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In the firing letter, NTSB countered back that it does issue urgent safety recommendation and allow "corrective actions to be carried out immediately" and not waiting for a year as in 3/19/2018 sightseeing helicopter crash in New York.

It is unfortunate that NTSB does not consider Tesla's reminder of keeping hands on the wheel and fixing freeway impact attenuators as "urgent safety recommendation."

The problematic part is they get to issue urgent recommendations but none of the other "parties" are allowed to say anything for the duration of the investigation.

And not all of their recommendations are on-base. For example, in the Florida crash they referenced, their two recommendations were that Tesla geo-restricts allowed roads to the ones the system is designed to work on (e.g. restricted access highways) and that a better mechanism for monitoring driver engagement is added.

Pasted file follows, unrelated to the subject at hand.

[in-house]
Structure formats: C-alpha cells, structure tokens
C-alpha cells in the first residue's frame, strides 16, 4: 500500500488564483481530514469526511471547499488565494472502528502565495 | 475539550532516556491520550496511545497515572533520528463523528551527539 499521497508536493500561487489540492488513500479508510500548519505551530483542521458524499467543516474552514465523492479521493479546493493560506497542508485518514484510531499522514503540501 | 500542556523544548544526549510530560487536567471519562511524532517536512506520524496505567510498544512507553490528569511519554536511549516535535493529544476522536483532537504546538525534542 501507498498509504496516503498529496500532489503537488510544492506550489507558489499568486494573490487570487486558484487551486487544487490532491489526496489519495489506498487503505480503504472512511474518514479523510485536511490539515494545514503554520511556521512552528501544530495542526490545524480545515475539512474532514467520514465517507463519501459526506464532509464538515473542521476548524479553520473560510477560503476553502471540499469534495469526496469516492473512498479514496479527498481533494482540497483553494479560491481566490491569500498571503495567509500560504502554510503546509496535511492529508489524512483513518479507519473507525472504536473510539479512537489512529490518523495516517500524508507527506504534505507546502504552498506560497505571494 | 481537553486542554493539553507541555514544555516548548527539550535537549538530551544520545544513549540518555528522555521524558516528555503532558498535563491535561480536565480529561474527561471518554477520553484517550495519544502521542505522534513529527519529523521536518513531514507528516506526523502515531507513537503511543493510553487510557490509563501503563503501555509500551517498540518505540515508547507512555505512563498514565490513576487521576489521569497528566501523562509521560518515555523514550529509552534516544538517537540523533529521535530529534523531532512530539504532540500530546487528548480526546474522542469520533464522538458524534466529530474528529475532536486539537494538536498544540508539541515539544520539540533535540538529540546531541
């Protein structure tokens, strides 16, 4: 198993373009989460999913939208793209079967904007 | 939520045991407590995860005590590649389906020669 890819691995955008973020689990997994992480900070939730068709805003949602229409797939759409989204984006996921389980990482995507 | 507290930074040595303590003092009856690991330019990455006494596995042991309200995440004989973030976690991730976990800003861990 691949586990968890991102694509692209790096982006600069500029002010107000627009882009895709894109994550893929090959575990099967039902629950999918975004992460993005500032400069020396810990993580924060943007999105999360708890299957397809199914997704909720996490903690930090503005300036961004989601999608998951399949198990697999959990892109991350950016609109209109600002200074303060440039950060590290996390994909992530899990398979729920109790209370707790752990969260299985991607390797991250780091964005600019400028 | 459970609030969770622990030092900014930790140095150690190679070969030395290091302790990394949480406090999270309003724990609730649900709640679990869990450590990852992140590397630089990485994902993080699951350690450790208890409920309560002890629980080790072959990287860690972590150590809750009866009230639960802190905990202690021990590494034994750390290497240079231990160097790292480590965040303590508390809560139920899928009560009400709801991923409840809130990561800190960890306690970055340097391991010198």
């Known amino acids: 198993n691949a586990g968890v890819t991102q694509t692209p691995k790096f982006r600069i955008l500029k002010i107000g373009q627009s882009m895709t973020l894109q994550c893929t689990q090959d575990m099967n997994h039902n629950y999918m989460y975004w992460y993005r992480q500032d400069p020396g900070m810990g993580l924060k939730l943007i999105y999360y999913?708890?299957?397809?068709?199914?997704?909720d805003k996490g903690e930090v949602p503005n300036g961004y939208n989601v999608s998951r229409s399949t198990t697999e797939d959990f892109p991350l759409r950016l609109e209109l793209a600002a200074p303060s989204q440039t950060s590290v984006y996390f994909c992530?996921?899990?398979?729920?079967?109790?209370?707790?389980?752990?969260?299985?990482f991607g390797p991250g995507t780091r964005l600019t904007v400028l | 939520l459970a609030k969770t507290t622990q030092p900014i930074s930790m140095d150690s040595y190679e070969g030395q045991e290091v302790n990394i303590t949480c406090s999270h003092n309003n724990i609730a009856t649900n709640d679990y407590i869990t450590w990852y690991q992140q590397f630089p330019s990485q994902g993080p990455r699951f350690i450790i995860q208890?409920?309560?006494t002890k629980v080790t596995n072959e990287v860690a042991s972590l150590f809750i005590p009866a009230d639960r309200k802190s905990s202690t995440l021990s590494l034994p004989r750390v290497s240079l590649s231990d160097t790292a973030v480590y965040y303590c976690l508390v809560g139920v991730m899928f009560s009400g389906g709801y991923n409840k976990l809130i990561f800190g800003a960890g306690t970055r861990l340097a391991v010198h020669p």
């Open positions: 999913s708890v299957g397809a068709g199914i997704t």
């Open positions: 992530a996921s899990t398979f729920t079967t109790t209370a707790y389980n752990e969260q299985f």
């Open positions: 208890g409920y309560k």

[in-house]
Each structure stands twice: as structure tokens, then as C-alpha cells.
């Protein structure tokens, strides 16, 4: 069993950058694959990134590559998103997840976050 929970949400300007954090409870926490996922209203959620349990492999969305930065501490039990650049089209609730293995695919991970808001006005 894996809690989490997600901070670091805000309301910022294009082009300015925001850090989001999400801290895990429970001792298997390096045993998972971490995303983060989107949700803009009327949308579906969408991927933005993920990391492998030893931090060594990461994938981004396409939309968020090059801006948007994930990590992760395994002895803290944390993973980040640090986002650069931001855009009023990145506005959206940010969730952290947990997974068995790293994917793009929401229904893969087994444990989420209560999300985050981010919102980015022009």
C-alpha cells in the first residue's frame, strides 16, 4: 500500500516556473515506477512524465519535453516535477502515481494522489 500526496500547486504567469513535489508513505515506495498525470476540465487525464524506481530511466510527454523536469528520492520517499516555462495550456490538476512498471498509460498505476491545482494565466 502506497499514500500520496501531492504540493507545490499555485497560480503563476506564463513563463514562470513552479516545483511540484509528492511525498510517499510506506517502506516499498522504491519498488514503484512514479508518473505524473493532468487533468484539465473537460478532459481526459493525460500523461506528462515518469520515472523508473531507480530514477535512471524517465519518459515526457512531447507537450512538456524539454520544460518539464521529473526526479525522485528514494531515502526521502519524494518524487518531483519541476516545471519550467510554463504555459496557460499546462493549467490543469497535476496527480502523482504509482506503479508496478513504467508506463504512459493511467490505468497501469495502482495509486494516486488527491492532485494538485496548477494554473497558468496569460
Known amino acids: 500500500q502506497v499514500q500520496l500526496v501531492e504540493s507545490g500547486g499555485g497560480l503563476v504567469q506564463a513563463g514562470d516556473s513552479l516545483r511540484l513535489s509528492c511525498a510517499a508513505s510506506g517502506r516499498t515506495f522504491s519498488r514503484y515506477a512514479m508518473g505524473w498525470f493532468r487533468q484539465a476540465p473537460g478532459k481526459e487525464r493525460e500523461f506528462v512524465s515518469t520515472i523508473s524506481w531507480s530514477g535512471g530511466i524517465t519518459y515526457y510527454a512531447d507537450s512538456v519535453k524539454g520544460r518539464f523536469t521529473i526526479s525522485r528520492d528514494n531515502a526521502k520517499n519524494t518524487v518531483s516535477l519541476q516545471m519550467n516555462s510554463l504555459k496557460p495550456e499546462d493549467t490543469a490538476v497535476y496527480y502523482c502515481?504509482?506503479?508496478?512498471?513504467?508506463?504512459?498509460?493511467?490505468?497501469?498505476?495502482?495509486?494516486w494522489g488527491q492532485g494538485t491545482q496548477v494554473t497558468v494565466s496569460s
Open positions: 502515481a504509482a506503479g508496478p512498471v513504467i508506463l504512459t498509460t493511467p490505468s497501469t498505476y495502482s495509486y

Just focusing on the former, that would've led to much less Autopilot usage opportunity and would not have had an impact for the 2 major publicized Autopilot accidents since then, both of which happened on the type of road that L2 ADAS systems were meant for.
 

mongo

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May 3, 2017
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Michigan
I am afraid and worried that this spat is not going to end well for one party, and that wont be NTSB.

NTSB can recommend that Tesla shut off AP until it reaches Level 3, and if NHTSA follows thru on that, it will be a major hit for Tesla.